Palestinian fishermen load their nets onto a boat before sailing into the waters of the Mediterranean Sea in Gaza City on May 3, 2017 after Israel eased restrictions on Gaza fishermen
Gaza City (Palestinian Territories) (AFP) - Israel said Wednesday it had eased restrictions on Gaza fishermen, allowing them to travel up to nine nautical miles off the coast of the blockaded territory instead of the previous six.
COGAT, the Israeli defence ministry agency responsible for civilian affairs in the Palestinian territories, said in a statement the measure would last until the end of June.
The measure was to enable the strip's fishermen to maximise catches during the crucial summer fishing season, COGAT said.
The new policy was to take effect at 1200 GMT on Wednesday, Mohammed al-Maqadma of the Palestinian office that coordinates with Israeli authorities said earlier.
It will however only apply to the southern half of the Gaza Strip, he said.
Nizar Ayash, head of the Gazan fishermen's union, confirmed the change and said he hoped it would help alleviate difficult conditions for them.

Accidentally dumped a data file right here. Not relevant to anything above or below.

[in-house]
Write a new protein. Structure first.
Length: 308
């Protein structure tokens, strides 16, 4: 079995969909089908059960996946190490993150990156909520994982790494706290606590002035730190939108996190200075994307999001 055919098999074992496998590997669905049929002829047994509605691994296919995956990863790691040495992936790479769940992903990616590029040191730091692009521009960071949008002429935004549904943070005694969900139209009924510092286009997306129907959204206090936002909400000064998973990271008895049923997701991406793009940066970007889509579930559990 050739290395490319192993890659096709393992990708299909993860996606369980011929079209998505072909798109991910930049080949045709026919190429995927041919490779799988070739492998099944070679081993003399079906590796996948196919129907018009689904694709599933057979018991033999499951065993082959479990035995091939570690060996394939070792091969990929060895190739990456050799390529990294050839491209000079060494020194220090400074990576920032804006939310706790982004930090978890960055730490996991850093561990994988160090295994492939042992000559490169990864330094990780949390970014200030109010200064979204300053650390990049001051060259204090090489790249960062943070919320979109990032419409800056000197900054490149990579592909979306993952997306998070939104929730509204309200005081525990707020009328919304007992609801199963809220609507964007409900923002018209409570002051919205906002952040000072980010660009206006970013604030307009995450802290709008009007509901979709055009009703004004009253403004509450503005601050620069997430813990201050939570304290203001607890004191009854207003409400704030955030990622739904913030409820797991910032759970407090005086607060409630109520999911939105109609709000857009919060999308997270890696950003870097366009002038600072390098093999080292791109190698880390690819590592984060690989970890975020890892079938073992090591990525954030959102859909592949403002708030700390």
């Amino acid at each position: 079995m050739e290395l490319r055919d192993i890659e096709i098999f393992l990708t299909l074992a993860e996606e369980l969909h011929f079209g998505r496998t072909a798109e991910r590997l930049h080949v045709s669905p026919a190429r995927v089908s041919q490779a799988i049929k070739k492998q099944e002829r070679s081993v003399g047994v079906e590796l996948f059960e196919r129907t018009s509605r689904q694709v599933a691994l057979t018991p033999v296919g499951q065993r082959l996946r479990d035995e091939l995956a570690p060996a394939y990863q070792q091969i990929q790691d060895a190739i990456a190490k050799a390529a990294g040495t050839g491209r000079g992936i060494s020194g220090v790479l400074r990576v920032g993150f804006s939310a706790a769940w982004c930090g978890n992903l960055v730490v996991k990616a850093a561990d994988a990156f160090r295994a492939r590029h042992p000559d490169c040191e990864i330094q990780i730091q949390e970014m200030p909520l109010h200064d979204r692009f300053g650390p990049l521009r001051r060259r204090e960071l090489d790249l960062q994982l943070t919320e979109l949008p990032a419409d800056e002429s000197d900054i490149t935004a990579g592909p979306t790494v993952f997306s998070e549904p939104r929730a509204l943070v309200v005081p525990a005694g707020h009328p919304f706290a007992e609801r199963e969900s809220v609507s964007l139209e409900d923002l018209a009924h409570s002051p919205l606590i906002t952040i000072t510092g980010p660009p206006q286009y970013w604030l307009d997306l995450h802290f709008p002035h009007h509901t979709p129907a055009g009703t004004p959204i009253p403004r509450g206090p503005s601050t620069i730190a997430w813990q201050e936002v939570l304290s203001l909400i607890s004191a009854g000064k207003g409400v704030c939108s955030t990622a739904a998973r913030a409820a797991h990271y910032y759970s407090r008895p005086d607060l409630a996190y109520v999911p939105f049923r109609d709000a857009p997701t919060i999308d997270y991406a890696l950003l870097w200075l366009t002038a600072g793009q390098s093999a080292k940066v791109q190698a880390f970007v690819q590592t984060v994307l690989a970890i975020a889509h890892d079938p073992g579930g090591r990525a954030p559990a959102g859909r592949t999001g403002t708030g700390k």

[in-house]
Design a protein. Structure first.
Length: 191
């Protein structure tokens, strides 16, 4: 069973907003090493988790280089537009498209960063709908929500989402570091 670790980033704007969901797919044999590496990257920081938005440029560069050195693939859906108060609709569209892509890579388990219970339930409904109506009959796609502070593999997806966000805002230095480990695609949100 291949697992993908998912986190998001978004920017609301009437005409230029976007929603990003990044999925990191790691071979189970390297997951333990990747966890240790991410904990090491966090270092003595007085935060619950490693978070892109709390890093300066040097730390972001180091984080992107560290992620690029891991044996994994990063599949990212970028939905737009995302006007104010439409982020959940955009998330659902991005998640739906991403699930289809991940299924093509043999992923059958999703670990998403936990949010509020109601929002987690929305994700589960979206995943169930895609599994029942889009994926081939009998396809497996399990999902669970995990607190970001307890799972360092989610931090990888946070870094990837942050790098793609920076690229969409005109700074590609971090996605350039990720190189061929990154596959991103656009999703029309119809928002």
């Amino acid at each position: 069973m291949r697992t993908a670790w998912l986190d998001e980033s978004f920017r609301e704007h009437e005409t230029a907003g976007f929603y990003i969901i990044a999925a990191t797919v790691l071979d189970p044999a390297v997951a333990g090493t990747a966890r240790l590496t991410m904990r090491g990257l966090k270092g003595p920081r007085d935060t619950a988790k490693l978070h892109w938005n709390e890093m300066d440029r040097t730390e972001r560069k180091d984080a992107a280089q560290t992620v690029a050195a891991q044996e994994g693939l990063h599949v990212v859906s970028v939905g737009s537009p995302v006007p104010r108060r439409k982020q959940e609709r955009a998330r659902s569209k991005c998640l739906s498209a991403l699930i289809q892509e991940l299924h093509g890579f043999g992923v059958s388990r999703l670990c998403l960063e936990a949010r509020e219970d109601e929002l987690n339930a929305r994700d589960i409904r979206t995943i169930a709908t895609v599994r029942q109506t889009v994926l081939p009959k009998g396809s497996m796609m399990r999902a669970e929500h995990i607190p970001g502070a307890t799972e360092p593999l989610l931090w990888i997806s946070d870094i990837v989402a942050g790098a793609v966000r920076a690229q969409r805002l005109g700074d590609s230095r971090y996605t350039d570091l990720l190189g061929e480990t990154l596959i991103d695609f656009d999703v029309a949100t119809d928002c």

The size of the fishing zone has varied over the years, having been set at 20 nautical miles by the Oslo accords of the 1990s before being reduced by Israeli authorities.
Around 4,000 fishermen work in Gaza, more than half of whom live below the poverty line.
Mohamed Bakr, a fisherman in Gaza for more than 50 years, said the new measure was not enough.
"At nine miles you can't catch anything. There's only sand," he told AFP.
COGAT said that a similar easing last year increased fishing earnings by 15 percent that year, or one million shekels ($277,000, 256,400 euros), compared to 2015, bringing total fishing revenues for 2016 to seven million shekels.
Israel previously extended the fishing zone to up to nine miles for several months in 2016.
Israel and Palestinian militants in Gaza have fought three wars since 2008 and the strip has been under an Israeli blockade for 10 years.
UN officials have called for the blockade to be lifted, citing deteriorating humanitarian conditions, but Israel says it is needed to keep Hamas, which runs the strip, from importing weapons or materials used to make them.
Israeli forces routinely fire on any fishing vessel close to the outer limit of the allowed fishing zone.